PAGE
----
Kyle from Fort Erie, Ontario, has a vapour barrier question. "We have a house, 80-90 years old, with no insulation in the attic. The house is a 1-1/2 story building with sloped ceilings on the second floor to the outside walls. Our ceilings are plaster. Can we lay insulation in the attic without adding a vapour barrier? If not, what is the best way to do so without a major renovation?"
This is really a big topic and I refer you to many database entries that can help you to understand both Vapour Barriers and Air Barriers. Here, I want to give you some technical details which will help out Kyle directly.
Yes you need a vapour barrier if you add insulation. But just what is a vapour barrier? And maybe you already have one without knowing it.
According to the building code there are two types of vapour barriers: Type 1 : that have to really restrict the passage of moisture in a major way, defined as not allowing more than 15 ng/(P.s.m2) (metric) or 0.26 Perms (Imperial) of moisture passage. These are required where there is cladding on the house that doesn't breath well. Type 2 : the common vapour barrier for ordinary conditions is defined as not allowing more than 60 ng/(P.s.m2) or 1 perm after ageing, of moisture passage. That's the technical stuff, but it is easy to remember that less than 1 Perm is a functioning vapour barrier.
Now the application of that is very interesting. Plastic and aluminium sheets are well under 1 Perm. Two coats of a good oil paint will provide a vapour barrier of less than 1 Perm as well. There are even some latex vapour barrier primers that will do the job. It is funny that the paint companies themselves back off from promising that it will do the job, only because they are not really familiar with the building code, but their technical specifications show that they have been tested to less than 1 Perm, making them a legitimate Type 2 vapour barrier.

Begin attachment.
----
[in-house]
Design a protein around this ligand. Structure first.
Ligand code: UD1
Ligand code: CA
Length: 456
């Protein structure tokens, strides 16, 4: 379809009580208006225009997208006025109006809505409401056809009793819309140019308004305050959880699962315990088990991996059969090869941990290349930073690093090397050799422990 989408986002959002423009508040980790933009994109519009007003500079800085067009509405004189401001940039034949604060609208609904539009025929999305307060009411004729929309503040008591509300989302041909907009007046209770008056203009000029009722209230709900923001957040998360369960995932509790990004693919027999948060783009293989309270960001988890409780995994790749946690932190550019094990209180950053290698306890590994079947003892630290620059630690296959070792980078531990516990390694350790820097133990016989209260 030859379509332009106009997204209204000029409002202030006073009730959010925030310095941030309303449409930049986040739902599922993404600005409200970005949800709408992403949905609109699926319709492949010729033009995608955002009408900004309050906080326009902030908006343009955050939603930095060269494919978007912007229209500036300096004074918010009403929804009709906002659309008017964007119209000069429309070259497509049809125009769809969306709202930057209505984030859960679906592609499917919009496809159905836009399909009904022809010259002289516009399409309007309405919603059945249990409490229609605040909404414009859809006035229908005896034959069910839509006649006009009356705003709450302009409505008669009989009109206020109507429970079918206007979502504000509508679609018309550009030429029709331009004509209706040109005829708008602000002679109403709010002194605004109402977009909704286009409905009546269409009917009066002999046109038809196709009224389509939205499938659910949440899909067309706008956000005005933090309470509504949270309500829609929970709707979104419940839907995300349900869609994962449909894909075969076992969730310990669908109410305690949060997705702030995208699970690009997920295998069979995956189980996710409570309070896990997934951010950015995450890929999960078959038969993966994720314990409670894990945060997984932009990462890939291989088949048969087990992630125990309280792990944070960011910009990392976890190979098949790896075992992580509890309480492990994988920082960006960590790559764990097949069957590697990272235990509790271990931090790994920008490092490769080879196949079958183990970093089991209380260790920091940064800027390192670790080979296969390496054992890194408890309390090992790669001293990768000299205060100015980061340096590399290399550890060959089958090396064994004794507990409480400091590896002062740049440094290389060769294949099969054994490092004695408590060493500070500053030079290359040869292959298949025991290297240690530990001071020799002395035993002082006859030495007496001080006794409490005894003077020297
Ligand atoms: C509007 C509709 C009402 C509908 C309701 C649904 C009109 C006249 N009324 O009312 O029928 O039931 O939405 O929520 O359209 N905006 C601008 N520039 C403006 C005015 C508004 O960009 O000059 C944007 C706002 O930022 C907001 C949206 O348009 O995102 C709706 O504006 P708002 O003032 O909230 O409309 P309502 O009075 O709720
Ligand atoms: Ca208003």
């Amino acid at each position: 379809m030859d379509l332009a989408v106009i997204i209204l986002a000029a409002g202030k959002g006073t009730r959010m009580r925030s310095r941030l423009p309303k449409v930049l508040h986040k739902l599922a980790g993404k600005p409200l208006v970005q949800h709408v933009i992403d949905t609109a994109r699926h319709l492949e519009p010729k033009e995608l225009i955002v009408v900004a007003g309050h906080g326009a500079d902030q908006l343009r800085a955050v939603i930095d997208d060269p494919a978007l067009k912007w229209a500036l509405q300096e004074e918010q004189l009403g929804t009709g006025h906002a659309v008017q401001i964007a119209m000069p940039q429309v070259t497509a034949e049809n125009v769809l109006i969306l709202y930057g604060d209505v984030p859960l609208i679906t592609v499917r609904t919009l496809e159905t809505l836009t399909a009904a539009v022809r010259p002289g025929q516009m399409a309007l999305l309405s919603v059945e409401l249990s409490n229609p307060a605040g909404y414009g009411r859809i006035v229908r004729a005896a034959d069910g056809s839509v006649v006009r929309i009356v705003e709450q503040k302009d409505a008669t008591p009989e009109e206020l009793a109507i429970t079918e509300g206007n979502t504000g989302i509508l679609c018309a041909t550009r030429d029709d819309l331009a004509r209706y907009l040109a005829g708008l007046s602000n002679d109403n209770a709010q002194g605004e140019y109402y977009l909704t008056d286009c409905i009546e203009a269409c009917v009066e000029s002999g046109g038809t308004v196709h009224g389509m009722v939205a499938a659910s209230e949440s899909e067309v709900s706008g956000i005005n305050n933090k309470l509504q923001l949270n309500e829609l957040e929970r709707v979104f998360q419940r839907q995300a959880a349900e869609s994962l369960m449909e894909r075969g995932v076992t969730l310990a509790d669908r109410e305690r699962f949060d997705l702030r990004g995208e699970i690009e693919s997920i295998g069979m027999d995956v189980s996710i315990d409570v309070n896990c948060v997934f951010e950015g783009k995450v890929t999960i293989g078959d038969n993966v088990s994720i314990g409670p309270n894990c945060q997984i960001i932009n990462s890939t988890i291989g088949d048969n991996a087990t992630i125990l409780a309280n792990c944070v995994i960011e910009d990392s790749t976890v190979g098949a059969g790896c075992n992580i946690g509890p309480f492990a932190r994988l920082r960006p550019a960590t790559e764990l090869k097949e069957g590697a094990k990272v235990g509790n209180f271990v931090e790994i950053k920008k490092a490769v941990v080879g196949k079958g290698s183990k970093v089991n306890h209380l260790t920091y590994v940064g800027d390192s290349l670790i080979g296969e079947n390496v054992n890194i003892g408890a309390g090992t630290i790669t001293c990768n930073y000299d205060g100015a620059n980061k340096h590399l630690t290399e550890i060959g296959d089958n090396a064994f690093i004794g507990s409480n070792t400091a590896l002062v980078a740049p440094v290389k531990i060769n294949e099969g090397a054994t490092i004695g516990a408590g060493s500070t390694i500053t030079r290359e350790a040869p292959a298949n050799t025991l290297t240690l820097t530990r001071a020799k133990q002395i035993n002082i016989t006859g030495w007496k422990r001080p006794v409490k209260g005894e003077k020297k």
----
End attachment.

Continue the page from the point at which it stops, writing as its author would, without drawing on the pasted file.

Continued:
I used latex vapour barrier paint years ago, then lost track of it because not many people used it so it disappeared from most paint stores. Thanks to Roger Williams from Hotmail Canada who answered my request to find it again. ICI Ultra Hide Vapour-Barrier Primer Sealer (Product code1060-1200) is available at Glidden and Colour Your World stores in Canada, and this does satisfy the building code for vapour barriers as it is tested to having a permanence, if you apply it according to instructions, of less than 1 Perm -- 0.6 Perms to be exact. The problem is that they don't market it well and the guys in the store don't know what you are talking about so they usually force you to buy a minimum order of 4 gallons at a time. In addition, although it does create the vapour barrier, it is a primer that has very little hiding power so it doesn't always advance a paint job much.
The company Zinsser makes a shellac based white primer called BIN that is primarially used for hiding difficult stains, but it too rates in at less than 1 perm and this company has recently added the vapour barrier claim to their packaging. Although more expensive per gallon, you can easily find this product in most paint departments.
However Kyle, with that 80 year old house, don't bother. I can almost guarantee you that there are at least 5 coats of oil paint on that plaster and lathe ceiling. You already have a very good vapour barrier as it takes only 2 coats of standard oil paint to create a vapour barrier. But don't forget to read up on Air Barriers. Holes into the attic can cause lots of problems after you add insulation because they allow large quantities of warm moist air into the attic. The photo above shows how the plastic sheet is not just a plastic sheet in a newly constructed ceiling, but is sealed air tight around all the penetrations creating an air barrier as well. In that old house, there is a lot of work to be done to seal up around the plumbing stack, the electrical outlets, etc.